Why you might want to look at what's going on with Federal contractors

Do you work for a recruiting agency?  Do you work for a commercial company that does not work with the Federal Government?  Do you think you have nothing to worry about with the new regulations being signed in to law?  OFCCP and 503c does not concern me?  You might want to rethink that. They are coming for you. They really are.  History has proven it.

The president on the 8th of April did what many Presidents have done before him.  He is imposing regulations on the one part of the economy he truly can control; Federal contractors.  The two new regulations are:

1)      Federal contractors may not retaliate against employees who discuss their pay with each other. The order is similar to language in a Senate bill aimed at closing a pay gap between men and women.

2)      The Labor Department will adopt rules requiring federal contractors to provide compensation data based on sex and race.

All of these new regulations will effect one quarter of the US workforce.  That proves to be a good test group for the new regulations. Presidential directives such as this can have a direct impact on the economy further down the road. Federal contractors, worry though that additional compensation data could be used to fuel wage related lawsuits. What's more, such orders create a two-tiered system where rules apply to federal contractors but not to other employers. Those contractors, knowing that their business relies on the government, are less likely to put up a fight as there business comes directly from the Government, sort of biting the hand that feeds if you will.

This movement by the current administration is not uncommon.  The most enduring workplace anti-discrimination laws began with an executive order signed by President Franklin Delano Roosevelt in June 25, 1941, outlawing discrimination based on race, color, creed and national origin in the federal government and defense industries.

President John F. Kennedy broadened that in 1961 with an order that required government contractors to take affirmative action to ensure hiring "without regard to their race, creed, color or national origin."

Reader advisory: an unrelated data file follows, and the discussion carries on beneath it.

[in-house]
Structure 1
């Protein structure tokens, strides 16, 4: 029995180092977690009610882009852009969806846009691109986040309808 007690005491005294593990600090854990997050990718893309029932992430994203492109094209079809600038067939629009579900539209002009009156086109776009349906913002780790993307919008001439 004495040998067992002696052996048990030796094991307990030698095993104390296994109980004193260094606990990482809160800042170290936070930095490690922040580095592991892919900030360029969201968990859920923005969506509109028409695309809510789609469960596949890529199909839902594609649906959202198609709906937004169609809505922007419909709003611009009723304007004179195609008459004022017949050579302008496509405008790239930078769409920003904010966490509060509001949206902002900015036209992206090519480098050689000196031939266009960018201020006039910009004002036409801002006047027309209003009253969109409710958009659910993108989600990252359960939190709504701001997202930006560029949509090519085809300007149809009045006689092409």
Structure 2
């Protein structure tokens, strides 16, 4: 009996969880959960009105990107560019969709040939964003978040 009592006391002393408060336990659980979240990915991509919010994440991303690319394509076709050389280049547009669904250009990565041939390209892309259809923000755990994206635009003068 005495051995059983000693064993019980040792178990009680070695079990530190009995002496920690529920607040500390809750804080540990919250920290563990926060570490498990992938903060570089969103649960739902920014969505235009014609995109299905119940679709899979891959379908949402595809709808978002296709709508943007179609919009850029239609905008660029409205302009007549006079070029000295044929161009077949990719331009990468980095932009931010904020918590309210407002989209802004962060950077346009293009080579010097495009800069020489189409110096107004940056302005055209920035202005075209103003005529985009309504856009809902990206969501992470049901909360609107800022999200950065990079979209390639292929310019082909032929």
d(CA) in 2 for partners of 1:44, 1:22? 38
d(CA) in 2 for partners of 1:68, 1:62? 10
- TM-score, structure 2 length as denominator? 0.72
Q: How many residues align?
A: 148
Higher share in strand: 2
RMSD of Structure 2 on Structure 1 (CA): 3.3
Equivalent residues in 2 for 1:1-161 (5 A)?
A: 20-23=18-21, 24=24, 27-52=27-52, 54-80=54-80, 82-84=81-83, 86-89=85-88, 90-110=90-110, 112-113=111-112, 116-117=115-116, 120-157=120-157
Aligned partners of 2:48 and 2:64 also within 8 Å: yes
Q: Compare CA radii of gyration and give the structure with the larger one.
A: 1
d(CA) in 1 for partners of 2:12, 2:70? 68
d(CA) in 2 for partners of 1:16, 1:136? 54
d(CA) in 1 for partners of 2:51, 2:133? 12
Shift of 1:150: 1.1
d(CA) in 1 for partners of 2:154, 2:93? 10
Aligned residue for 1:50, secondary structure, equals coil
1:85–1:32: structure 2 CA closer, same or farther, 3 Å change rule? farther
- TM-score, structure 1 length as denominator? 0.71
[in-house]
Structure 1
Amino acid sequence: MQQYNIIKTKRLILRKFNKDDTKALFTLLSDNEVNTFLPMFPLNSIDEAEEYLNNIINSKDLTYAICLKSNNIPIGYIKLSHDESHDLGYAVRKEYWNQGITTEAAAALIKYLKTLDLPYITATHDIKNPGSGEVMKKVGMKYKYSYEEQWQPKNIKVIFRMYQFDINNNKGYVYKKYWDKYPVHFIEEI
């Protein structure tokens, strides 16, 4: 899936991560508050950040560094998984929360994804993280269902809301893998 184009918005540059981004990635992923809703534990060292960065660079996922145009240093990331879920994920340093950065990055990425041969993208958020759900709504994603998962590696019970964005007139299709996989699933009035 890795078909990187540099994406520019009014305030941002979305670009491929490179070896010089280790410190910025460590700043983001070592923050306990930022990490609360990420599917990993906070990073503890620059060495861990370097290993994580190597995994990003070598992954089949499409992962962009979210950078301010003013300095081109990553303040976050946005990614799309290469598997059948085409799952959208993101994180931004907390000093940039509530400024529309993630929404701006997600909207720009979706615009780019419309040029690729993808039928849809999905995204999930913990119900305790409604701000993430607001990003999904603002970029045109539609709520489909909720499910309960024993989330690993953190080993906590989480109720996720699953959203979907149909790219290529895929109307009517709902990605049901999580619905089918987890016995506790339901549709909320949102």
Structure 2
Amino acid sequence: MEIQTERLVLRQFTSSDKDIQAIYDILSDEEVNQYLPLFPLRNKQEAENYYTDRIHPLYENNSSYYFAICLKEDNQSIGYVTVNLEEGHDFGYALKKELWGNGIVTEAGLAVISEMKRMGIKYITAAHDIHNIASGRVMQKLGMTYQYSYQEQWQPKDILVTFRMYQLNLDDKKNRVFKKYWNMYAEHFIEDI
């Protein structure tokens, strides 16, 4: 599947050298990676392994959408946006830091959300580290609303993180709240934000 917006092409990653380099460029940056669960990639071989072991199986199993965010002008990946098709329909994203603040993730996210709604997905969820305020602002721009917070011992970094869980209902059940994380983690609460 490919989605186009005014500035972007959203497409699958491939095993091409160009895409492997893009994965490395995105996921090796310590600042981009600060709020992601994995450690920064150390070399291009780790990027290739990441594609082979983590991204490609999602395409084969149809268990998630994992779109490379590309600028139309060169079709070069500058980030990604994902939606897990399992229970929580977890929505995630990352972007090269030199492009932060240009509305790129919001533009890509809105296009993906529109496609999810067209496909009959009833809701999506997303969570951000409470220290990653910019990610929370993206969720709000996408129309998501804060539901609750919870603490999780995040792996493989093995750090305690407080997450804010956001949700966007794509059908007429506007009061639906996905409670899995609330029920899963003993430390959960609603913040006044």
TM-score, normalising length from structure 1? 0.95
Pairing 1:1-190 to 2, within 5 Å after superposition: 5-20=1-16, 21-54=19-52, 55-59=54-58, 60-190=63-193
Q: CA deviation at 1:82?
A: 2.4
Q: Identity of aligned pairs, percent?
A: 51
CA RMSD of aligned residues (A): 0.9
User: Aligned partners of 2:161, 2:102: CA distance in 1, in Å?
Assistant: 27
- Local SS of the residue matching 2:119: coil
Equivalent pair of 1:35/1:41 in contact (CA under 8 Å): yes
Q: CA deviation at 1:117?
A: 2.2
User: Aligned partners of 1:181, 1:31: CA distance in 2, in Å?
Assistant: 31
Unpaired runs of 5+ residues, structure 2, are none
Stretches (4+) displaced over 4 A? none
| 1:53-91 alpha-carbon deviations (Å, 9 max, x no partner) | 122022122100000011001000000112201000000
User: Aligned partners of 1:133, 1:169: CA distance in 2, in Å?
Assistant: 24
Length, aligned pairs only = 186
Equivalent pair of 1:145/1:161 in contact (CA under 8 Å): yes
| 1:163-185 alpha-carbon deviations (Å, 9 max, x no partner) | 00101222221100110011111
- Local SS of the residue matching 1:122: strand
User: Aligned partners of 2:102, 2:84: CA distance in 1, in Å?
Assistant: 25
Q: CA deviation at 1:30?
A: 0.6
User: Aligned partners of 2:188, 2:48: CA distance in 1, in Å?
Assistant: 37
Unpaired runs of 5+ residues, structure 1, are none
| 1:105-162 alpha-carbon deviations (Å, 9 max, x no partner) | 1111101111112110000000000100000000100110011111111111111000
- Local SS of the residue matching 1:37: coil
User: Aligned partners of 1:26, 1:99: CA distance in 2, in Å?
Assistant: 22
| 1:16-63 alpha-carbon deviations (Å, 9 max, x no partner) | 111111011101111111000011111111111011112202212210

President George W. Bush also acted on his own when he ordered federal contractors to ensure that their workers were in the country legally by requiring the use of an electronic employment-verification system known as DHS E-Verify.

So thanks for the history lesson but how does this affect me?  Good question.  The beginnings of what are now EEOC rules were first implemented towards Government contractors.  The main reason for this was that the President can implement rules without Congressional approval; contractors are less app to fight the laws in fear of losing contract roles, and lastly it the affected federal contracting workforces can over time demonstrate that those practices are less onerous than initially imagined. In other words if it works for Federal contractors it should be easily added towards all businesses.

I am not saying that this is a foregone conclusion but since the OFCCP has implemented 503c as its final ruling it will not surprise any in the industry if these rules are not rolled out across all sectors.  To see what the 503c rules are please see my earlier posts on OFCCP and you parts one and two.  

Views: 179

Comment by Matt Charney on April 14, 2014 at 7:28am

Great post, thanks Derek! Can't wait to hear more on your webinar this week; as a reminder to everyone who wants to know what's new and what's next with OFCCP, Derek is presenting on compliance this Wednesday at 2 PM ET, brought to you by our friends over at RIVS.com.  Register here: https://attendee.gotowebinar.com/register/519661438449153793


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